The rising cost of pharmaceuticals has been an issue of growing concern in many countries both developing and developed. In the United States, high pharmaceutical prices cause significant financial stress to patients and create barriers to access, causing treatable conditions to deteriorate. Many legislative attempts have been attempted on various levels to control prices, but in the United States it has been mostly left to states to address the issue. In this comparative case study, pharmaceutical utilization data and sentiment data are analyzed from three states to represent various approaches: South Dakota to represent states with little legislation, Rhode Island to represent states with average amounts of legislation, and New Jersey to represent states with high levels of legislation. This analysis will provide insight into whether current legislative efforts being undertaken at the state level are proving to be sufficient to tackle an ongoing and worsening problem.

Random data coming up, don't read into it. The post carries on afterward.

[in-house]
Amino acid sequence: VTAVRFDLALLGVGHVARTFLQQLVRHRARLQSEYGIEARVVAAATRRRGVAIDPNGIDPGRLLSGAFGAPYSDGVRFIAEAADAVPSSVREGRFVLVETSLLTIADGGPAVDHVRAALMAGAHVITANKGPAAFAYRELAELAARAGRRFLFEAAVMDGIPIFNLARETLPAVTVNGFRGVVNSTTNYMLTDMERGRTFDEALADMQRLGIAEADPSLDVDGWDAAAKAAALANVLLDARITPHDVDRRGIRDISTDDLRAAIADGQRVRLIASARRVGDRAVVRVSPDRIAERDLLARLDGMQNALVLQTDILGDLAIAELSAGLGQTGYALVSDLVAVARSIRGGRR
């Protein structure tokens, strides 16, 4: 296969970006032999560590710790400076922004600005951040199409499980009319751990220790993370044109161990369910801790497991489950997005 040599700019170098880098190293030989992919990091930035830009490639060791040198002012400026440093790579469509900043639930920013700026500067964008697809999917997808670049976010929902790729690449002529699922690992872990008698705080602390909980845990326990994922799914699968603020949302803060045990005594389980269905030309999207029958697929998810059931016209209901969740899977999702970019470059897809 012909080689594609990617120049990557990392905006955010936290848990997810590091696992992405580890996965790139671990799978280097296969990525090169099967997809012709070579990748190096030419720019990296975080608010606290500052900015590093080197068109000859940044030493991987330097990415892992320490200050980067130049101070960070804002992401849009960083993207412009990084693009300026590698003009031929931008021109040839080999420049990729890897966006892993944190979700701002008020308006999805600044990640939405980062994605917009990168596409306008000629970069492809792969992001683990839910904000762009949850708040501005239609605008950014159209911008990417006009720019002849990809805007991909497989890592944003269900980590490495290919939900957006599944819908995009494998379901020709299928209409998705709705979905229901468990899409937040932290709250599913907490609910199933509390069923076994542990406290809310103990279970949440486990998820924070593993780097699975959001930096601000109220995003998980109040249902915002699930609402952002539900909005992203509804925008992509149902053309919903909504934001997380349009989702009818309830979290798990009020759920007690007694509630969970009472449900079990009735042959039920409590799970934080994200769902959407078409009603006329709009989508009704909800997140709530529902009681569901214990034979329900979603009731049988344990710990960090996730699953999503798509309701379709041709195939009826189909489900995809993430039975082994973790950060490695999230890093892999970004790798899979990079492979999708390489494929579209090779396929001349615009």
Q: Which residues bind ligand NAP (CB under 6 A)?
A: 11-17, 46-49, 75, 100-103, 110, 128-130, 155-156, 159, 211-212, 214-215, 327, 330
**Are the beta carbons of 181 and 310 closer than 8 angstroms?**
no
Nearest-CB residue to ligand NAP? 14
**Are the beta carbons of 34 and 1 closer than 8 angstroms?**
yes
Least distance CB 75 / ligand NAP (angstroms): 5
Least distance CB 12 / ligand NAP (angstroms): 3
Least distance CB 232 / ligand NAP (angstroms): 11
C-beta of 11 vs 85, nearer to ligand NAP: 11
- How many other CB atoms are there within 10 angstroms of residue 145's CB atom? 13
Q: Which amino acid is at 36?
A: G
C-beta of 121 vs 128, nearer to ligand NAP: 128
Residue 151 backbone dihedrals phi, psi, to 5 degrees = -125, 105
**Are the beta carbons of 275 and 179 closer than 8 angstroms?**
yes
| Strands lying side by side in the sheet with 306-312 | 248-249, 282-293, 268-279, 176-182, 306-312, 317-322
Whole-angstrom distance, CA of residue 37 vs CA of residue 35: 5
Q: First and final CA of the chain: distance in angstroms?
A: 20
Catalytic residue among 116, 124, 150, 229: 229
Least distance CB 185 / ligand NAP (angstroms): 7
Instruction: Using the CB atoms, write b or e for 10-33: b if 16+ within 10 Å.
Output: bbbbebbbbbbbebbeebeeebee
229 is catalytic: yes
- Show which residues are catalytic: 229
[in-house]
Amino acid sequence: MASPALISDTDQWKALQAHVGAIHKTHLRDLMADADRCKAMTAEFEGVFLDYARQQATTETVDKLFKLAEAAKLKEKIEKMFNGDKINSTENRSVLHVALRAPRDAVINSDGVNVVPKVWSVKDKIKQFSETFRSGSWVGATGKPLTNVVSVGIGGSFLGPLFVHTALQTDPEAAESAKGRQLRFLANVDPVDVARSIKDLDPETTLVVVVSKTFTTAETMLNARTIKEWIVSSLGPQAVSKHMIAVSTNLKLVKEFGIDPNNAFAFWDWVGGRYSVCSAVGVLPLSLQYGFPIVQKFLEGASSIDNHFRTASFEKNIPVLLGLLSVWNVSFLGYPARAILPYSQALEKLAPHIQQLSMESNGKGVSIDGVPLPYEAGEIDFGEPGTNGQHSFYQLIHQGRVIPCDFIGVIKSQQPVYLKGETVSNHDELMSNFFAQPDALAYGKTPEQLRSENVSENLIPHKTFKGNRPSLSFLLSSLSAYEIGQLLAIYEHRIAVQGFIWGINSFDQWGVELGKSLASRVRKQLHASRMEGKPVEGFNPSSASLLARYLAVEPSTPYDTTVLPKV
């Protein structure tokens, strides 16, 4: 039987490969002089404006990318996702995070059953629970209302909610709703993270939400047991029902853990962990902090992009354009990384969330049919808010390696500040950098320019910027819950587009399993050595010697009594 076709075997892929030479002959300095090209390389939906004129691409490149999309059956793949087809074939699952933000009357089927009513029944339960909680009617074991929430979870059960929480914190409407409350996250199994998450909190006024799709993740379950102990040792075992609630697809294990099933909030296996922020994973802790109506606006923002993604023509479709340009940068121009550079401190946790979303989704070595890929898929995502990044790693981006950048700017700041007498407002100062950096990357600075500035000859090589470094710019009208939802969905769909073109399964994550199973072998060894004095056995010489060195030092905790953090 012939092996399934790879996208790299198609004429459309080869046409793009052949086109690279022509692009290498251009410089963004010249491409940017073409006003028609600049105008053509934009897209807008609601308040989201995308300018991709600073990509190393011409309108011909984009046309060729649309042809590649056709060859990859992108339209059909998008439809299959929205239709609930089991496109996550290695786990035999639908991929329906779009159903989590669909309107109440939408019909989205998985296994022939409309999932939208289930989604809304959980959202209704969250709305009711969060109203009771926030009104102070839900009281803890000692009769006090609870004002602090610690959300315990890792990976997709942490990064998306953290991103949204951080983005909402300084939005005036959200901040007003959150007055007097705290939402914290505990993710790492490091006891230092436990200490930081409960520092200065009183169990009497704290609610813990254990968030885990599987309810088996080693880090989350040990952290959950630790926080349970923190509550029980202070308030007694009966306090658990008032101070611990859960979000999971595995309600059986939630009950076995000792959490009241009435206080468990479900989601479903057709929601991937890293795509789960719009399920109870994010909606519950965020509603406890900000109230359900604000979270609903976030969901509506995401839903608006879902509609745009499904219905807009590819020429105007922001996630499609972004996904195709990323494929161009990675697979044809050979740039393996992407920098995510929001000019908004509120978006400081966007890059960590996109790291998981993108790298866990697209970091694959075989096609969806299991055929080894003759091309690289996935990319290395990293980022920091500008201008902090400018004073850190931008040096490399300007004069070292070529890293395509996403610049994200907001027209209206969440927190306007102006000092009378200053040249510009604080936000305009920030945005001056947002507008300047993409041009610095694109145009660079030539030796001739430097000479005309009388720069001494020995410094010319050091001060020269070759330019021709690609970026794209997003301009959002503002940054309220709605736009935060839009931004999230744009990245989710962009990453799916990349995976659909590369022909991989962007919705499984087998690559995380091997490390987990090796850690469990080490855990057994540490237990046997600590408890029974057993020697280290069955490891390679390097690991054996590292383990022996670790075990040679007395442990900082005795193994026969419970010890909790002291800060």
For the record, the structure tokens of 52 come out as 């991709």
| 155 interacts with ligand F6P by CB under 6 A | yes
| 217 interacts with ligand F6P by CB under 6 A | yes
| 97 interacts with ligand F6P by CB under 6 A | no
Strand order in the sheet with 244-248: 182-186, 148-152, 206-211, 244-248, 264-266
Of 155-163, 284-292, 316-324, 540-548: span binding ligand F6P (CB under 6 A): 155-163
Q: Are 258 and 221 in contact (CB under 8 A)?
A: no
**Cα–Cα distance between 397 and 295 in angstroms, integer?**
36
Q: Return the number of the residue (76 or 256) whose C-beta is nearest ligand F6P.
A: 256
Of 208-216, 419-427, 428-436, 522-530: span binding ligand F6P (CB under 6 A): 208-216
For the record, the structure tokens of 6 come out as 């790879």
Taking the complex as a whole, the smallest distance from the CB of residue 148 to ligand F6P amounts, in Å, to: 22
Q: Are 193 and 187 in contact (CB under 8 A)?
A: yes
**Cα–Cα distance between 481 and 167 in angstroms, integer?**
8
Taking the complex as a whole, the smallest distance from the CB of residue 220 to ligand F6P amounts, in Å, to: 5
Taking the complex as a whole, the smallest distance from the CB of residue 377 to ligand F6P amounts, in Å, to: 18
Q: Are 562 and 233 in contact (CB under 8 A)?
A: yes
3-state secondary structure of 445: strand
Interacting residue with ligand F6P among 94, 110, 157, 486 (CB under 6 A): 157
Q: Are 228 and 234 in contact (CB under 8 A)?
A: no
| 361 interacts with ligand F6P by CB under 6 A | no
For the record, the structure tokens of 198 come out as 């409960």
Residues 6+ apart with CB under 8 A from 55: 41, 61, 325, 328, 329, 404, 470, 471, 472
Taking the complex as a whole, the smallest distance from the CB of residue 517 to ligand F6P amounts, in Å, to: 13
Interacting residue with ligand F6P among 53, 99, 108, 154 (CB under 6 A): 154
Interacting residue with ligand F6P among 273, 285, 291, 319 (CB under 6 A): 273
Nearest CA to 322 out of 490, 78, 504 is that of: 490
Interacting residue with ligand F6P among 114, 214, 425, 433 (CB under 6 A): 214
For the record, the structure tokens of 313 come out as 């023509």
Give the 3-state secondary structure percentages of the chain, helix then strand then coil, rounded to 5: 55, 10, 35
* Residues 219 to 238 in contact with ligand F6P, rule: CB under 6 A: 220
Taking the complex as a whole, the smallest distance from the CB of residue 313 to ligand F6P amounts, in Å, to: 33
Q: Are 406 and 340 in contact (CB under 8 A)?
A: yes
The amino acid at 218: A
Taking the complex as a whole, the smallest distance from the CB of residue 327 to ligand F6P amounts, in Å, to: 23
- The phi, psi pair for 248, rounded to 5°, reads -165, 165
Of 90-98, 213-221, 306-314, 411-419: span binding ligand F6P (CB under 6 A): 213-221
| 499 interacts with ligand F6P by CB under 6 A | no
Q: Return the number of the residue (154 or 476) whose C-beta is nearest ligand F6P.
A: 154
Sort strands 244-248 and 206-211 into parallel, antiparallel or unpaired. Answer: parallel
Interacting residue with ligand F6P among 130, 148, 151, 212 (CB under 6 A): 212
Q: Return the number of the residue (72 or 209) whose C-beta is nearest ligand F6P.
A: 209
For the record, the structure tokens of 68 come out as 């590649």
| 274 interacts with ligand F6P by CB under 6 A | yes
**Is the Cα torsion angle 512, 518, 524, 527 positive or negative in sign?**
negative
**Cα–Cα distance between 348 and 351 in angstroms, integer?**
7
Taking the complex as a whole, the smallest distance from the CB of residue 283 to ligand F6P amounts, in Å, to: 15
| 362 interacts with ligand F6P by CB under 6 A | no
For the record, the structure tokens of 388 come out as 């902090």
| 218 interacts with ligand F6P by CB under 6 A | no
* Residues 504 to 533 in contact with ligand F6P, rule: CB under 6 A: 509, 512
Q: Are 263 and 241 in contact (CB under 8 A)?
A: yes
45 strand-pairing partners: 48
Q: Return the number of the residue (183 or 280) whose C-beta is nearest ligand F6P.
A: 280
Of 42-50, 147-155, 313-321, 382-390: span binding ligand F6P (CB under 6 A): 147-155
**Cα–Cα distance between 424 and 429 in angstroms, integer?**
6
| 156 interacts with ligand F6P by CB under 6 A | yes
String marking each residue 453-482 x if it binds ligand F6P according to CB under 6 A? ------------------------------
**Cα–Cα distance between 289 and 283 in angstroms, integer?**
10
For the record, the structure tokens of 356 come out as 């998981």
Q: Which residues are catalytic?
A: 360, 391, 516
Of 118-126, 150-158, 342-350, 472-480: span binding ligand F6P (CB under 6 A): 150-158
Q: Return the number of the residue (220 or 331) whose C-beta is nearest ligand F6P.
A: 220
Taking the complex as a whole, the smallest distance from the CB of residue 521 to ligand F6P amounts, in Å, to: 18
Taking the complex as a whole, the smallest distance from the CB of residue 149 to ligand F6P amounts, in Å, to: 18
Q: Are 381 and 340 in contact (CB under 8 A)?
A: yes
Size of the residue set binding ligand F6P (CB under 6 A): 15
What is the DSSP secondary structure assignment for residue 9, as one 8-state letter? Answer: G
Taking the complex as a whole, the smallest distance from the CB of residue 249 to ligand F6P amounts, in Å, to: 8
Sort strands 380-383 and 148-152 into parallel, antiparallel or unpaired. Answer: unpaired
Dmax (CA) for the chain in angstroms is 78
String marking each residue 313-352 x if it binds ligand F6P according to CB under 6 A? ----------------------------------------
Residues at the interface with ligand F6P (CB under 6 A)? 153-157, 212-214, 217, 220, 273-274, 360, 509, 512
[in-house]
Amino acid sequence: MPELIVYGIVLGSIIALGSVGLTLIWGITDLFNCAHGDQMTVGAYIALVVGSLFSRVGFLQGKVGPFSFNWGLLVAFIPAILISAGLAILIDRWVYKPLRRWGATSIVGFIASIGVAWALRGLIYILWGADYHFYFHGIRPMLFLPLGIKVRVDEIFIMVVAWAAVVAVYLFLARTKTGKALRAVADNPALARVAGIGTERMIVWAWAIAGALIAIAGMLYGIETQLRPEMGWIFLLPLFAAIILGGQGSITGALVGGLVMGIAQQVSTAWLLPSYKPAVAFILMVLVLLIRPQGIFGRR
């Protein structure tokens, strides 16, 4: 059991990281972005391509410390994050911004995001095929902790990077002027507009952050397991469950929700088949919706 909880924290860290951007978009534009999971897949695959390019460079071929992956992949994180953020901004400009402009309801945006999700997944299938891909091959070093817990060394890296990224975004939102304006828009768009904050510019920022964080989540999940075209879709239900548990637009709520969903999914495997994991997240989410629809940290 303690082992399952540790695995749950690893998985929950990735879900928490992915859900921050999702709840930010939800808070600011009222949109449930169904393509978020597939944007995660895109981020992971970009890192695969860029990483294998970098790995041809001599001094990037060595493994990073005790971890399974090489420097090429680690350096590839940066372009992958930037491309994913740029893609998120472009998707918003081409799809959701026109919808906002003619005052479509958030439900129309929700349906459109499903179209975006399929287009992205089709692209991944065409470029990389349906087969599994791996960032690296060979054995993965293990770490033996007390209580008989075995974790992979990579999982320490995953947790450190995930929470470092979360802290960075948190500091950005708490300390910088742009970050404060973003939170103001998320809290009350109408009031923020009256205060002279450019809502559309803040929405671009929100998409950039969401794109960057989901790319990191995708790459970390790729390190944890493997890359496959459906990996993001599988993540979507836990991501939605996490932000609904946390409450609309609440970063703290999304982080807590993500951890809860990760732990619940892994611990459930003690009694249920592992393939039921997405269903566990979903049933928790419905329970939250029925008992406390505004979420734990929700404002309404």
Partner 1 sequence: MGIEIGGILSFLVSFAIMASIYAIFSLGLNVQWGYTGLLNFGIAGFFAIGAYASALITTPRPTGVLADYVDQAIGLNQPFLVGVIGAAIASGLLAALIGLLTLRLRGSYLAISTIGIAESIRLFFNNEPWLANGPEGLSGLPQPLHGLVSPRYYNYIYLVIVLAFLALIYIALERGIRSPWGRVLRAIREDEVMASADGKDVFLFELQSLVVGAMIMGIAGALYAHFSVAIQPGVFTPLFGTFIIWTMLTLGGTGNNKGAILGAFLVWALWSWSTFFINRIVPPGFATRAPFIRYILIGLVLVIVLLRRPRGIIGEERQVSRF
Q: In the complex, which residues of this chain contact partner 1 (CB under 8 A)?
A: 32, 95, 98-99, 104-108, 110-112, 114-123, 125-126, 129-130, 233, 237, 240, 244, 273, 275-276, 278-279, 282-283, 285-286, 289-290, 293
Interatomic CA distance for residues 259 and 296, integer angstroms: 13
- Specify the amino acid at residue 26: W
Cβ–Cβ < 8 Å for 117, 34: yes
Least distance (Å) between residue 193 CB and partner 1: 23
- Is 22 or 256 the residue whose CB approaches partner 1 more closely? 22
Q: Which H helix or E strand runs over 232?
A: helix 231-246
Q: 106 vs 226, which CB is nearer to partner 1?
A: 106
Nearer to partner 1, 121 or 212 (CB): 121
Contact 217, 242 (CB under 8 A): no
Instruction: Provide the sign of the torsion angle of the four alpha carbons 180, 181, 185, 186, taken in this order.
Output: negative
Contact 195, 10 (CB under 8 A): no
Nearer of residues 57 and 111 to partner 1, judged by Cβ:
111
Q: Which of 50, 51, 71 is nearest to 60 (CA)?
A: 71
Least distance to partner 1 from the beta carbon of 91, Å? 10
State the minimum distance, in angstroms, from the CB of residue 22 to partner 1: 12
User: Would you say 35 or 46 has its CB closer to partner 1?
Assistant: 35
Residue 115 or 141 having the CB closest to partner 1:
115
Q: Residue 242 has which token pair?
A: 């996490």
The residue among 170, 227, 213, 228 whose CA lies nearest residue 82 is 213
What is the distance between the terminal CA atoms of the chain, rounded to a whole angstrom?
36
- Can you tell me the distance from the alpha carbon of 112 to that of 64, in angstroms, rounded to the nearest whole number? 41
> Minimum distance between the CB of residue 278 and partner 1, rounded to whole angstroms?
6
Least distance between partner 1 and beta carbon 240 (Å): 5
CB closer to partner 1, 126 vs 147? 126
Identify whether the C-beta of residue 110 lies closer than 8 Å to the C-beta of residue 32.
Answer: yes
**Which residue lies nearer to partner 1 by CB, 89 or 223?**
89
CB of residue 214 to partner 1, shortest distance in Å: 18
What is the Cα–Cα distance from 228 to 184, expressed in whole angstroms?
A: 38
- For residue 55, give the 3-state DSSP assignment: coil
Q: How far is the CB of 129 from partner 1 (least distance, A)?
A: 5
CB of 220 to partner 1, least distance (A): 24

Library of Congress Subject Headings

Drugs--Prices--United States; Pharmaceutical policy--United States--States--Evaluation; Drugs--Law and legislation--United States--States--Evaluation

Publication Date


Document Type


Student Type


Degree Name

Science, Technology and Public Policy (MS)

Department, Program, or Center

Public Policy (CLA)


Eric Hittinger

Advisor/Committee Member

Qing Miao

Advisor/Committee Member

Iris Asllani


RIT – Main Campus

Plan Codes